It was an old warehouse behind the Post Office located where Blach Distribution Company sits today. The weather was hot. Someone yelled that smoke was pouring from the building. A couple of men pulled open the big doors, rushed in, and began rescuing roofing, construction materials, and electrical equipment. A call was made to the fire department.
At the time, Elko had a volunteer fire department with four or five trained firefighters and many volunteers. A siren on a tower downtown called the volunteers with a series of wails. One long and two shorts indicated a section of town, two long and a short designated another area, and so on. A list of signals was published in Elkoís phone books. This method of alarm also told all the people in Elko where a fire was located so they could also race to the scene. Todayís electronic signals to the fire department stopped all that fun. Now, when a fire engine thunders by with horns and sirens blasting, we citizens look at one another wondering where the fire is burning unless, of course, we can see the smoke.
By the time the fire department arrived the building was totally involved. Chief Boyd Martin ordered the doors closed to cut off the air supply to the burning interior. Hoses were hauled from the trucks. One truck was too far from a fire plug. The driver frantically tried to shift into reverse to get closer but the truck wouldnít move. Zed Williams walked over to the vehicle and shut down the pump. The truck couldnít be put in gear when the pump was on.
Another fireman couldnít open one of the fire plugs. He didnít have the right wrench. Bill Nelson from the Slim Olsen Truck Stop loaned him one from his pickup.
The nearest hydrant to the warehouse was the end of the line and the pressure was way too low. Firemen hooked hoses to a plug near the Stockmenís and the pumpers were able to maintain a minimal flow of water to douse the flames.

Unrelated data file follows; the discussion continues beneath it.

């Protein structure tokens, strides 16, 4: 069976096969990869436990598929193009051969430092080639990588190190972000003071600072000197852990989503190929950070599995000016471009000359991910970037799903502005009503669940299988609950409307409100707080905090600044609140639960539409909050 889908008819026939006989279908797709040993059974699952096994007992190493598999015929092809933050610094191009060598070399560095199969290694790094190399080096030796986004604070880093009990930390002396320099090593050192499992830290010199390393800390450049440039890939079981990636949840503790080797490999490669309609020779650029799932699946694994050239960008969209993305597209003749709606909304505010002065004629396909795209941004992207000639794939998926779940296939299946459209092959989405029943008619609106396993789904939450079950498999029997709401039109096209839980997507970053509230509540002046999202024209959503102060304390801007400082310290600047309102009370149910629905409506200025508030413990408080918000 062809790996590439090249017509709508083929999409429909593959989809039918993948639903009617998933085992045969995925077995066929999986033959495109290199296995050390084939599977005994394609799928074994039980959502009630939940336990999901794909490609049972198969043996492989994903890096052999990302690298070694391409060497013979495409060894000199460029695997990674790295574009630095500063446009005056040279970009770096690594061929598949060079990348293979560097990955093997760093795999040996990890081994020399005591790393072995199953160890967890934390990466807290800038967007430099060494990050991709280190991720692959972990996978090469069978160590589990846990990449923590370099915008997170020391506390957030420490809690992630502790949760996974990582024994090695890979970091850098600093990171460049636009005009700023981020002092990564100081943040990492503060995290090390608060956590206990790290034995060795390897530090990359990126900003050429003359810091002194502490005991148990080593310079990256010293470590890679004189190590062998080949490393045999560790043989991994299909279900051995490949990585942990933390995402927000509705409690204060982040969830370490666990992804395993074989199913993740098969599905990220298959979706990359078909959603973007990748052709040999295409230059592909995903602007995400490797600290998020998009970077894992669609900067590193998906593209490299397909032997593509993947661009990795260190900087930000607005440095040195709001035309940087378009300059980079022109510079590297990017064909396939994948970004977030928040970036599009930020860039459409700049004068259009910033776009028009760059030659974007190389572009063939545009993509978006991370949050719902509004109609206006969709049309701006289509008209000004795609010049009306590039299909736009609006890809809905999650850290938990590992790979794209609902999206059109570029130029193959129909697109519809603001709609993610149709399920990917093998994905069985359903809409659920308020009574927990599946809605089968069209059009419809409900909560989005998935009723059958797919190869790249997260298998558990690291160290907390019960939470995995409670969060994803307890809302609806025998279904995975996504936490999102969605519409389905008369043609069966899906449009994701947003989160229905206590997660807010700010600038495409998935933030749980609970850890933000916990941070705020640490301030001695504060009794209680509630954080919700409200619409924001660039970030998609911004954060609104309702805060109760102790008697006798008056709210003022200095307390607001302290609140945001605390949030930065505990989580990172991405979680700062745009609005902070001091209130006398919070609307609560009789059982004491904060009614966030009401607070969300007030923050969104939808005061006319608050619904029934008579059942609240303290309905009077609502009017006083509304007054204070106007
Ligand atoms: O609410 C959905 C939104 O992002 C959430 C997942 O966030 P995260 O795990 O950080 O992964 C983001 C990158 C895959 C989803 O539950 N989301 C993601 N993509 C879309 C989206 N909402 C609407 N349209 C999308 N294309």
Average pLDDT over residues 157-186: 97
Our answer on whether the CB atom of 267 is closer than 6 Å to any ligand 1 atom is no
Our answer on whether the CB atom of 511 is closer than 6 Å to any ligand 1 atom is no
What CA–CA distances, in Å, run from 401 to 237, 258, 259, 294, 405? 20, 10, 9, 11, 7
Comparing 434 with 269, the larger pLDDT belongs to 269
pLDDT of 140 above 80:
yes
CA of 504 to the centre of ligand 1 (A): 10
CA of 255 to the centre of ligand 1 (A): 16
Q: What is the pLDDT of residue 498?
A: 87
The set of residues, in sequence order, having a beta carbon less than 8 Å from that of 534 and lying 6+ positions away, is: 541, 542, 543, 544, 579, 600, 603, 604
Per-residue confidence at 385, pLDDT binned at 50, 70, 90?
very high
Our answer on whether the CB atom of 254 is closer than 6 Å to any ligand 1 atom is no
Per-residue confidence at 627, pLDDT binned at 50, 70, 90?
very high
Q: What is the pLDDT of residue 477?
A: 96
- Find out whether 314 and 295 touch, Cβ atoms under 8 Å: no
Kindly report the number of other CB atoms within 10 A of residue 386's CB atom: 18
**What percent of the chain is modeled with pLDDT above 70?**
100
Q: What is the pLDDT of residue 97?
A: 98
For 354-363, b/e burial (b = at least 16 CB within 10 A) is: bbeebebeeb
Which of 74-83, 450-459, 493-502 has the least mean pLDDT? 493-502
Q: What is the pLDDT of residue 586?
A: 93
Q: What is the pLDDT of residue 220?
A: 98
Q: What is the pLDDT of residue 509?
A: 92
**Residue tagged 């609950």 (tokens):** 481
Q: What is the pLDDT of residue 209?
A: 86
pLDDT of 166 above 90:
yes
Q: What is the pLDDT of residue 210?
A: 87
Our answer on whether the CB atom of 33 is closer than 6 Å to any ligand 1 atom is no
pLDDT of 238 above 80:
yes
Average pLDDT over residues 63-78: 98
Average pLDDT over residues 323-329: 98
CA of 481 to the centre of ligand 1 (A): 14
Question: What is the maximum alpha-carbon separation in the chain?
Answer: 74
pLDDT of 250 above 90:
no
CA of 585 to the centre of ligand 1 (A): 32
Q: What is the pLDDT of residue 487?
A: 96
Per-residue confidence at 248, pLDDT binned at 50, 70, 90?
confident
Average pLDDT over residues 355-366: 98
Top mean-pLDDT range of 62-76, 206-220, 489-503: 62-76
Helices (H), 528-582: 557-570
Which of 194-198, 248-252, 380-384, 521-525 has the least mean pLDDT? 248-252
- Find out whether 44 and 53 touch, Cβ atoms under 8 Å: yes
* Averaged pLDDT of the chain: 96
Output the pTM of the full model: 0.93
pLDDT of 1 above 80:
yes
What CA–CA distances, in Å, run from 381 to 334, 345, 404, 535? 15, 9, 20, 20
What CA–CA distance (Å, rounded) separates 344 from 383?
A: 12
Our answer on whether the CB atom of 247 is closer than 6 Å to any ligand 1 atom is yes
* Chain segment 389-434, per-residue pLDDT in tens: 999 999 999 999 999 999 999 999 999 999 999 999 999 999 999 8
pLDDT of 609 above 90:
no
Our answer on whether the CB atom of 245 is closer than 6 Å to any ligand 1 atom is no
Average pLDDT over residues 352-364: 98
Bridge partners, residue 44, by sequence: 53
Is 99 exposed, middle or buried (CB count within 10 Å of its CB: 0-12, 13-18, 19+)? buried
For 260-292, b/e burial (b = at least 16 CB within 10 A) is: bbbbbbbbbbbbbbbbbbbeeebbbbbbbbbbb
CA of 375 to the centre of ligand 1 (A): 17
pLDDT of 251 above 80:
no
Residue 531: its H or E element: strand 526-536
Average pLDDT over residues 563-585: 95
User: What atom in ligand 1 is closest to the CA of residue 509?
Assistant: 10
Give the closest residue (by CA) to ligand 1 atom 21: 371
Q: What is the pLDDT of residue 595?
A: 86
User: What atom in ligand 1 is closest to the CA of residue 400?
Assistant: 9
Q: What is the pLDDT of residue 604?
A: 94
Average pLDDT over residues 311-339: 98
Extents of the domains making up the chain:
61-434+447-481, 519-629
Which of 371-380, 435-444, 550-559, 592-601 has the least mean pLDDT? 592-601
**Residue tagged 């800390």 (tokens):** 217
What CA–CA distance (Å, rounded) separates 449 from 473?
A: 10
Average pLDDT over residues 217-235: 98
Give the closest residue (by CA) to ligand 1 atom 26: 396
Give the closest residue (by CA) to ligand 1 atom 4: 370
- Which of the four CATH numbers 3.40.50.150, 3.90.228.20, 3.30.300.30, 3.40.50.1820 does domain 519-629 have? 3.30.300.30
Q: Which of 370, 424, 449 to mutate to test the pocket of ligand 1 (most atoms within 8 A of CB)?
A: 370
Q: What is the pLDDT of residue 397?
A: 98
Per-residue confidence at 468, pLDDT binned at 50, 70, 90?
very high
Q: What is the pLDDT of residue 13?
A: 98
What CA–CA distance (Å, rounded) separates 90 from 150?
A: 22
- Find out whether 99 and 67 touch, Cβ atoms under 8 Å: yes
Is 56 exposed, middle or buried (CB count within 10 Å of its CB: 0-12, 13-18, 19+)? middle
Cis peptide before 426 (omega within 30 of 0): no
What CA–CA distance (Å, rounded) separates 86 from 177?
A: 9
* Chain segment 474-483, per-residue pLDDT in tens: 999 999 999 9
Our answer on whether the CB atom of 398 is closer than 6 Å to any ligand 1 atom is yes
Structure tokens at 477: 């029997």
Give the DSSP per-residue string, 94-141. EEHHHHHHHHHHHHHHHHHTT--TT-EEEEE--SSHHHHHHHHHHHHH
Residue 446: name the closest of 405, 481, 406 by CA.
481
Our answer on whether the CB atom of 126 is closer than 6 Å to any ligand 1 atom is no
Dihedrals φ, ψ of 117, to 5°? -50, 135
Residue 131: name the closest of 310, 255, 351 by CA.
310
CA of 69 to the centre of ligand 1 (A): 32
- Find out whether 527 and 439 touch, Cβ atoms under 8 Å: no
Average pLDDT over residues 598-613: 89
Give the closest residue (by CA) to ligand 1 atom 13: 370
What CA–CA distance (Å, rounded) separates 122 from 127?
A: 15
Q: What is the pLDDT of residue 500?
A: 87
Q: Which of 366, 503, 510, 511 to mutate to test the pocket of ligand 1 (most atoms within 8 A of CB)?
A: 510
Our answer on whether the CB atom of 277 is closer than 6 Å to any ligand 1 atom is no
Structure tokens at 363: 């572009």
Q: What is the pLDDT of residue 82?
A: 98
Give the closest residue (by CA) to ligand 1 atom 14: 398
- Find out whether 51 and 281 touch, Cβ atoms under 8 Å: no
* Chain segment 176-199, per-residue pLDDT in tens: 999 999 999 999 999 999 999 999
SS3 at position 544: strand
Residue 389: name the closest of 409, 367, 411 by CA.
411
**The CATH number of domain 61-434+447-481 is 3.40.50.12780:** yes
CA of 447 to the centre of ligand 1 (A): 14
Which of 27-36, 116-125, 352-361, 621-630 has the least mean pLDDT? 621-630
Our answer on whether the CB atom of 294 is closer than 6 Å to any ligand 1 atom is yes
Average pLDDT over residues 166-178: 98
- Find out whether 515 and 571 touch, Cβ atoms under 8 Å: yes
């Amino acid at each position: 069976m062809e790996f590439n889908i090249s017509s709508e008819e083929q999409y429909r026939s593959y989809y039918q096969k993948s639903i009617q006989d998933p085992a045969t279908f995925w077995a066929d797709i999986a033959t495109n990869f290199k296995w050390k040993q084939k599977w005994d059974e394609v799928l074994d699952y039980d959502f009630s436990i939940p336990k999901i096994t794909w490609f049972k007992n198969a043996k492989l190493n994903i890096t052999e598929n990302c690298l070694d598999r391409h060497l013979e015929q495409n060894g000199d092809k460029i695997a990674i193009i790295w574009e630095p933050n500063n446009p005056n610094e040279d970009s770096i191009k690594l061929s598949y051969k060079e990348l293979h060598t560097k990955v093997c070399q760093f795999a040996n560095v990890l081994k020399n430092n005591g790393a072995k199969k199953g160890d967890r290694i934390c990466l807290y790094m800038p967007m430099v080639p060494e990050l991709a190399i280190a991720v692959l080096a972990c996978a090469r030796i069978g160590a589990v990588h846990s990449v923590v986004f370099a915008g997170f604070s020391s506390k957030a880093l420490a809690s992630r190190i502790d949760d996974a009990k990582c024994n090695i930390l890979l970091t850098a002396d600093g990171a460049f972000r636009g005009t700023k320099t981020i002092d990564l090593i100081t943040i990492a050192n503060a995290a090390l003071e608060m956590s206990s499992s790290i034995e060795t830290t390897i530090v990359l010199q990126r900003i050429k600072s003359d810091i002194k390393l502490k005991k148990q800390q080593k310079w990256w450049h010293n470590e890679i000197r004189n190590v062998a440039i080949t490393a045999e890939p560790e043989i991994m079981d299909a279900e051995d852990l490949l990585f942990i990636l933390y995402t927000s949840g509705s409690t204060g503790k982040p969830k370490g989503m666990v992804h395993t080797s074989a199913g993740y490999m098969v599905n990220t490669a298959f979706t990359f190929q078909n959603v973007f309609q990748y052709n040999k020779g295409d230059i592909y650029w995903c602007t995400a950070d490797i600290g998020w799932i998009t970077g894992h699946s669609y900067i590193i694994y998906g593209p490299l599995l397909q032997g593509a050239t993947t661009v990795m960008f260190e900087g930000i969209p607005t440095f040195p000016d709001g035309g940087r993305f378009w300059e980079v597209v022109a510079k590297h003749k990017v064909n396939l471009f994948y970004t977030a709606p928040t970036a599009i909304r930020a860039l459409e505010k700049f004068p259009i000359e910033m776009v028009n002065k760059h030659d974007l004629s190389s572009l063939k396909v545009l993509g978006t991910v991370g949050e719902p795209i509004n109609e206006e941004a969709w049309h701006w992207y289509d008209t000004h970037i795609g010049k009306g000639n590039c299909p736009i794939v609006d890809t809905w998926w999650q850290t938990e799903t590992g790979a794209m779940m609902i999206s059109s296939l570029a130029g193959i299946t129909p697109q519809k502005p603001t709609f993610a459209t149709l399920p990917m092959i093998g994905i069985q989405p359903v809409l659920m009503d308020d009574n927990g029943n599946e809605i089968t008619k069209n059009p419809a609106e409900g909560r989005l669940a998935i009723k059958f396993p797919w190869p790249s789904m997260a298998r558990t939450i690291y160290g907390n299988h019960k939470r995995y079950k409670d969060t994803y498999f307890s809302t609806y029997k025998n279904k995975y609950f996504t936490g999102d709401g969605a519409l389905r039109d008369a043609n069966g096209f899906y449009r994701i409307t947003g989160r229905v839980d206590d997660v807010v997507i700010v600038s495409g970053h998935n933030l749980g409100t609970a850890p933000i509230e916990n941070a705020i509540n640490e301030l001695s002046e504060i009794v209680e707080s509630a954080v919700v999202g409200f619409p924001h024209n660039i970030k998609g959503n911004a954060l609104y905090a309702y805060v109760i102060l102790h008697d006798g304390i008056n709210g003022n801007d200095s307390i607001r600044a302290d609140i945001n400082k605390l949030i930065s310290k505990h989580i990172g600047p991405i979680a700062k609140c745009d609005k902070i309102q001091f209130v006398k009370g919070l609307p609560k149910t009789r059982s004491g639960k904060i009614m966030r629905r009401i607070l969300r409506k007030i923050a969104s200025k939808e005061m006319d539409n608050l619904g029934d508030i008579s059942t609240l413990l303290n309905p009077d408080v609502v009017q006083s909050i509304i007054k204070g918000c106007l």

Hundreds of Ekoans watched the action. They stared in awe as pilot Jim Weaver flew his borate bomber low over the burning warehouse, made a slow turn and lined up his flight path again. This time, when the World War II AT-7 broke through the thick black smoke, the pilot dropped half a load (300 gallons) of borate charged water on the fire.
What a sight! When the fire retardant hit, the warehouse roof collapsed. Volunteer fireman Selmer Waage was knocked to the ground when the big doors fell. He sustained a few scratches and a red coating. Another volunteer, Jim Shobar, was thrown to the street, injuring his back. Keith Odle, a visiting fireman from Sparks, Nevada was helping. He stepped on a nail that went almost through his foot. He forgot he didnít have on his heavy fire boots.
There were many red people around. The retardant not only collapsed the warehouse roof but colored some nearby buildings, hoses, fire equipment, and some of the bystanders.
Elko fireman worked until after midnight cleaning their trucks and equipment. Max Wignall, a longtime volunteer, commented that years later he was helping clean a fire vehicle and found some of the dried red borate still there.
Chief Martin commented that the half load of fire retardant didnít put out the fire.
Local BLM officials thought they were doing a good deed. The drop was ordered by fire coordinator Jerry Reynolds, who also volunteered BLMís range fire fighting crews if needed.
That evening, fire department crews were called back to the warehouse three times to wet down the smoldering building to prevent fires rekindling.
It had been one of the more entertaining fires in Elkoís history.
Sources: Elko Daily Free Press, August 14, 1964; Dale Porter, Jerry Reynolds and Nick Halton, Elko residents; and Max Wignall, Elko, former volunteer fireman.
©Copyright 2006 by Howard Hickson